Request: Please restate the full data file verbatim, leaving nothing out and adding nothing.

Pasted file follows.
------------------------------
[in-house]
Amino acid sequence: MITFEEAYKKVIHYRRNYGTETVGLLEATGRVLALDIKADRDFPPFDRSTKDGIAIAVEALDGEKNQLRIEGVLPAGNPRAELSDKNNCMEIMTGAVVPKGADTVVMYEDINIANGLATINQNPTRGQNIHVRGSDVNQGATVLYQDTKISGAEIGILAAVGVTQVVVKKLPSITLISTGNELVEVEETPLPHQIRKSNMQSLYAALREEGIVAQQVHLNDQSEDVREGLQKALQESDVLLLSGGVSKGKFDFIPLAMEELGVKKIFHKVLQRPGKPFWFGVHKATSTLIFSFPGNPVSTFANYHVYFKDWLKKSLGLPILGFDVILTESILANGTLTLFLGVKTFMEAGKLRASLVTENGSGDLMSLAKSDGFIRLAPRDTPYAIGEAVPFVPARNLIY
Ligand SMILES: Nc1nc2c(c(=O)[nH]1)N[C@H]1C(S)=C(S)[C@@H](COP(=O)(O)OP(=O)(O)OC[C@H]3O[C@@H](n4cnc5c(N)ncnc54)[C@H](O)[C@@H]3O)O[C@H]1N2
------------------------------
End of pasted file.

[in-house]
Amino acid sequence: MITFEEAYKKVIHYRRNYGTETVGLLEATGRVLALDIKADRDFPPFDRSTKDGIAIAVEALDGEKNQLRIEGVLPAGNPRAELSDKNNCMEIMTGAVVPKGADTVVMYEDINIANGLATINQNPTRGQNIHVRGSDVNQGATVLYQDTKISGAEIGILAAVGVTQVVVKKLPSITLISTGNELVEVEETPLPHQIRKSNMQSLYAALREEGIVAQQVHLNDQSEDVREGLQKALQESDVLLLSGGVSKGKFDFIPLAMEELGVKKIFHKVLQRPGKPFWFGVHKATSTLIFSFPGNPVSTFANYHVYFKDWLKKSLGLPILGFDVILTESILANGTLTLFLGVKTFMEAGKLRASLVTENGSGDLMSLAKSDGFIRLAPRDTPYAIGEAVPFVPARNLIY
Ligand SMILES: Nc1nc2c(c(=O)[nH]1)N[C@H]1C(S)=C(S)[C@@H](COP(=O)(O)OP(=O)(O)OC[C@H]3O[C@@H](n4cnc5c(N)ncnc54)[C@H](O)[C@@H]3O)O[C@H]1N2